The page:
WHO: 250 million COVID-19 tests to reach low-income countries


WHO: 250 million COVID-19 tests to reach low-income countries

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More than 250 million rapid COVID-19 tests will be made available for low and middle-income countries (LMICs) as part of a World Health Organization (WHO) initiative to accelerate the global response to the virus.

Global health non-profits The Foundation for Innovative New Diagnostics (FIND) and Unitaid announced the news on January 22.

In April 2020, the WHO launched its Access To COVID-19 Tools (ACT) Accelerator initiative in efforts to accelerate the development and production of COVID-19 tests, treatments, and vaccines, and to ensure equitable access worldwide to the same.

Three months later, the diagnostics pillar of the ACT-Accelerator called for Expressions of Interest to drive equitable access to fit-for-purpose antigen-detecting rapid diagnostic tests for COVID-19.

Earlier this month, FIND and Unitaid announced that the first contracts resulting from this call have been finalised.

Philippe Duneton, executive director of Unitaid, said: “Expanding access to rapid, high-quality diagnostics in LMICs, as part of a test and treat approach, is of crucial importance if we are to defeat this pandemic.”

She continued: “The agreements we are announcing today are a vital part of that work, alongside our efforts in country preparedness, ensuring optimal conditions for these tests to be used on the ground.”

The contracts contain commitments related to investments in research and development, including technology transfer, which enable manufacturing capacity to be scaled up. They are expected to result in more than 250 million affordable, high-quality tests being made available for LMICs.

The first agreement was with India-based Premier Medical Corporation, under which the company will expand and automate its manufacturing capacity to allow the antigen-detecting rapid diagnostic tests to be made available to LMICs for less than $2.50 per test.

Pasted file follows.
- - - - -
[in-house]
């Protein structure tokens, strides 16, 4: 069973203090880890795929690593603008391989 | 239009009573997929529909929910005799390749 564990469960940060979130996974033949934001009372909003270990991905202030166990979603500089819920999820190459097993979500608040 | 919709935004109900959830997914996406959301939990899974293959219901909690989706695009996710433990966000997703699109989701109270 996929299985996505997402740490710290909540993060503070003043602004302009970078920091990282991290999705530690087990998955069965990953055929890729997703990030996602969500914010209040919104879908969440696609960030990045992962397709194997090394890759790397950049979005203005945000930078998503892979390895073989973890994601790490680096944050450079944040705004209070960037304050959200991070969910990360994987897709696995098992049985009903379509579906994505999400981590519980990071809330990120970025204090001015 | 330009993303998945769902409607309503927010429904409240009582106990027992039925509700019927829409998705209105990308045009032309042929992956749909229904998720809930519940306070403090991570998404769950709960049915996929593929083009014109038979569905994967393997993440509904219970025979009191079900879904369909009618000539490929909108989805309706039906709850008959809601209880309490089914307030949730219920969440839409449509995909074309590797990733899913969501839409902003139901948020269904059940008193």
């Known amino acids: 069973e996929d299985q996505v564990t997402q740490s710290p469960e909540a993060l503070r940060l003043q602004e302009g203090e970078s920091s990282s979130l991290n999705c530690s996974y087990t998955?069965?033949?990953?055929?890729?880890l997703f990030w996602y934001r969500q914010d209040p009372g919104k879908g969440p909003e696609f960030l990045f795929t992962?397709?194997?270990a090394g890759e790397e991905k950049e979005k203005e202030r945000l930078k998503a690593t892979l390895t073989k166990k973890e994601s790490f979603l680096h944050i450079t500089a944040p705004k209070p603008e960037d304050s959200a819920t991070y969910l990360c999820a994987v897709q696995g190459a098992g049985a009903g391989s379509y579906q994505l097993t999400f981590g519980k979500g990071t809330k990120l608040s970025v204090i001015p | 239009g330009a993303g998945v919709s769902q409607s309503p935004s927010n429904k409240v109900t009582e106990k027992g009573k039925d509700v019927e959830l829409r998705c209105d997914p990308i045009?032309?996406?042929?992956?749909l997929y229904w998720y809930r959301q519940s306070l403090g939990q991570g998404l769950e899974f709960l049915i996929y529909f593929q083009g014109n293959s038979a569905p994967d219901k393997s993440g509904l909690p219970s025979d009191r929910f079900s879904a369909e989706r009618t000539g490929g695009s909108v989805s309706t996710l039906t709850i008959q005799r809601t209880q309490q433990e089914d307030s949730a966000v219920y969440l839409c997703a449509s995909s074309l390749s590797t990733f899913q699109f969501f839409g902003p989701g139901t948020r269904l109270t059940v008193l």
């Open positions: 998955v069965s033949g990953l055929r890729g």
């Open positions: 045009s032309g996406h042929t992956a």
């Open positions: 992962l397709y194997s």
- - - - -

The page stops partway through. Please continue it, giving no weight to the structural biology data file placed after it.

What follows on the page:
Premier Medical is expected to produce 3 million of the tests per month, increasing to 10 million per month by the third quarter of 2021. The company’s enhanced manufacturing capacity can also be used in the future to make affordable tests for other diseases.

Tedros Adhanom Ghebreyesus, director general of WHO, said: “Testing has been our compass in the fight against the pandemic and will continue to play a key role in gauging the effectiveness of vaccinations in communities.”

In LMICs, fragile health systems and reliance on global supply chains have left many healthcare operators unable to access COVID-19 tests. While high-income countries are currently conducting 252 tests per 100,000 people every day, the rate is 10 times lower in LMICs at just 24 tests per 100,000 people.

Catharina Boehme, CEO of FIND, said: “Ensuring LMICs have access to low-cost, high-quality antigen-detecting rapid diagnostic tests is of vital importance in our work to make sure that everyone who needs a test for COVID-19 can get one.”

The ACT-Accelerator predicts that 500 million COVID-19 diagnostic tests will be needed in LMICs in 2021.

Also on January 22, the WHO announced that it is on track to deliver at least 2 billion doses of COVID-19 vaccinations by the end of 2021, and at least 1.3 billion of those doses will be to people in lower income economies.

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World Health Organization, COVID-19 rapid diagnostic tests, antigen tests, Foundation for Innovative New Diagnostics, Unitaid, research and development